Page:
Girolamo Prigione

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Girolamo Prigione
Titular Archbishop of Lauriacum
Church Roman Catholic Church
See Titular See of Lauriacum
In office 1968 – 2016
Predecessor none
Ordination 18 May 1944
Consecration 24 November 1968
by Amleto Giovanni Cardinal Cicognani
Personal details
Born (1921-10-12)12 October 1921
Castellazzo Bormida, Italy
Died 27 May 2016 (aged 94)
Alessandria, Italy

Girolamo Prigione (12 October 1921 – 27 May 2016) was an Italian prelate of the Roman Catholic Church. Prigione was born in Castellazzo Bormida and ordained a priest on 18 May 1944. Prigione was appointed Titular Archbishop of the Lauriacum as well as Apostolic Nuncio of El Salvador and Guatemala on 27 August 1968. He was consecrated a bishop on 24 November 1968. Prigione was appointed Apostolic Delegate to Ghana and Nigeria.

He was then appointed Apostolic Delegate to Mexico on 7 February 1978, during the pontificate of Paul VI. After the 33-day papacy of John Paul I, Prigione played an important role in implementing major changes in the Church's direction under John Paul II, clamping down on liberation theology and reasserting papal primacy. When Archbishop of Chihuahua Adalberto Almeida y Merino denounced electoral fraud in the 1986 gubernatorial elections, he announced the closing of churches in the diocese on July 20. Prigione moved to avert a replay of the Church-State conflict of the late 1920s.[1] During this period the Vatican and the Mexican government had no diplomatic relations, so Prigione functioned as Church "liaison to the regime on an unofficial basis, with a view to winning diplomatic recognition of the Vatican and improving the status of the Church in Mexico."[2] His power came directly from the pope, so his actions were not mediated by the Mexican hierarchy. Prigione is considered to be the key player in the change in attitude and in action of the Mexican state; he was engaged in secret talks with the government the month before the inauguration of President Carlos Salinas de Gortari in December 1988. Diplomatic relations were established with the Vatican, but also major changes in the Mexican Constitution of 1917, which had stringent anticlerical articles.[3] He became Apostolic Nuncio to Mexico when diplomatic relations were restored in 1992. He retired on 2 April 1997.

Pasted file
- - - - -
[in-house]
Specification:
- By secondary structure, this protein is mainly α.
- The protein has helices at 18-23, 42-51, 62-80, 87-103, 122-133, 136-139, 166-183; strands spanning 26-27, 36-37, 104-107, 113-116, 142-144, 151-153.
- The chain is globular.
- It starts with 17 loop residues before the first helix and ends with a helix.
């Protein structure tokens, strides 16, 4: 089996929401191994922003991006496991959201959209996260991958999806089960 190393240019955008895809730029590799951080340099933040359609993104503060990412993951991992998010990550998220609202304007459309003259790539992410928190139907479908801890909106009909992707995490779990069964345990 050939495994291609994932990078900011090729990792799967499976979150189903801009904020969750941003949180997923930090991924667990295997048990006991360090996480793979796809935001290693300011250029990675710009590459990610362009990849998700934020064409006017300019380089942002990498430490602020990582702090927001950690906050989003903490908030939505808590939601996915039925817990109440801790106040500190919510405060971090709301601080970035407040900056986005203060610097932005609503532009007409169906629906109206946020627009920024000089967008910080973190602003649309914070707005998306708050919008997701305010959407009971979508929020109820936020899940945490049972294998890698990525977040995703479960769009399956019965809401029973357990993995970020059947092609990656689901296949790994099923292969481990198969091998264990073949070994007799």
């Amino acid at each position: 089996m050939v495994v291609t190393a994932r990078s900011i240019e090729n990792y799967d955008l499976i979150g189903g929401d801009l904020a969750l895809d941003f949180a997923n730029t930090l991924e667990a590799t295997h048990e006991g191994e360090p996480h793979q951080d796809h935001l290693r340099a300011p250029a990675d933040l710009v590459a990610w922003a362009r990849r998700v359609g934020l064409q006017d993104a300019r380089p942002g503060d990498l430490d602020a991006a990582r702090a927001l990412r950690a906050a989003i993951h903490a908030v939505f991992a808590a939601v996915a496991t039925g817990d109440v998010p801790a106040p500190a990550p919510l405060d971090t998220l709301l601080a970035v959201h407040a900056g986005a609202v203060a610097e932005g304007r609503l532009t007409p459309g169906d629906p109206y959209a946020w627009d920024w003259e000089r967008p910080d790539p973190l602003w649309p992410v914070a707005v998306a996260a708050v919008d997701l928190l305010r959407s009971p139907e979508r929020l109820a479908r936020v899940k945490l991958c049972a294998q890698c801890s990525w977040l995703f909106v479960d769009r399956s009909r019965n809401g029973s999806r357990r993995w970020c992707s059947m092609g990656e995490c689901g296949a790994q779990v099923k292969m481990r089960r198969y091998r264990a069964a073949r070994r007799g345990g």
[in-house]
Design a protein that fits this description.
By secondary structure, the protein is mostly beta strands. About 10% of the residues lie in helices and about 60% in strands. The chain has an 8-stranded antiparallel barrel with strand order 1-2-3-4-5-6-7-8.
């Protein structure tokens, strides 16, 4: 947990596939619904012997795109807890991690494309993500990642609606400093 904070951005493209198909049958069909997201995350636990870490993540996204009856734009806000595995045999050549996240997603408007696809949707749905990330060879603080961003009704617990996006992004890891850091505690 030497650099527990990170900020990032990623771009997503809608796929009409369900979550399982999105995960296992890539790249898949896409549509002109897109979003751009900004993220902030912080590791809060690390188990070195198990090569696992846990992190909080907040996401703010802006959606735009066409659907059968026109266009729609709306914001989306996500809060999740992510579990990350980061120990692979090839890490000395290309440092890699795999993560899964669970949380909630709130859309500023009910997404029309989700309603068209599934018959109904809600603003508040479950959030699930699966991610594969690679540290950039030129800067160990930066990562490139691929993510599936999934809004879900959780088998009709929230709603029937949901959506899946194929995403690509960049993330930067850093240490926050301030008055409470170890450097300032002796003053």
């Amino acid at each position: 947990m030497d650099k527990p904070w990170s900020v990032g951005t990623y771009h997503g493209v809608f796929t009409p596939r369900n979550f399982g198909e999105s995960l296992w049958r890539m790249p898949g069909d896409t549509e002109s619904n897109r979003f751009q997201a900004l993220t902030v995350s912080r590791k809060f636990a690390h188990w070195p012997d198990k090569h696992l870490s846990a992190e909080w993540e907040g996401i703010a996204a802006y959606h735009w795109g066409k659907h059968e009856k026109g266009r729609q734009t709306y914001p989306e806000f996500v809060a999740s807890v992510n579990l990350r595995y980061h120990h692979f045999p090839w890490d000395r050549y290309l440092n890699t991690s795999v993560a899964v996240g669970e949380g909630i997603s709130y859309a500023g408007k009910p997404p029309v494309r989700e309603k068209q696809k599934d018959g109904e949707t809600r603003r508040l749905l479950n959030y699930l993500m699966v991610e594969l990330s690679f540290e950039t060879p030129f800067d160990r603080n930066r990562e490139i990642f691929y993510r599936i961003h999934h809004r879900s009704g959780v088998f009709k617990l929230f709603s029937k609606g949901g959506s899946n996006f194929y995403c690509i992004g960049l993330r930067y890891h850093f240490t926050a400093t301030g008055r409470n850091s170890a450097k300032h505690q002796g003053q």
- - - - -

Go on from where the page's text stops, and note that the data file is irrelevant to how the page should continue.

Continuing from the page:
1. ^ Vikram K. Chand, Mexico's Political Awakening. Notre Dame: University of Notre Dame Press 2001, p. 183.
  2. ^ Chand, Mexico's Political Awakening p. 183.
  3. ^ Chand, Mexico's Political Awakening, p. 197.

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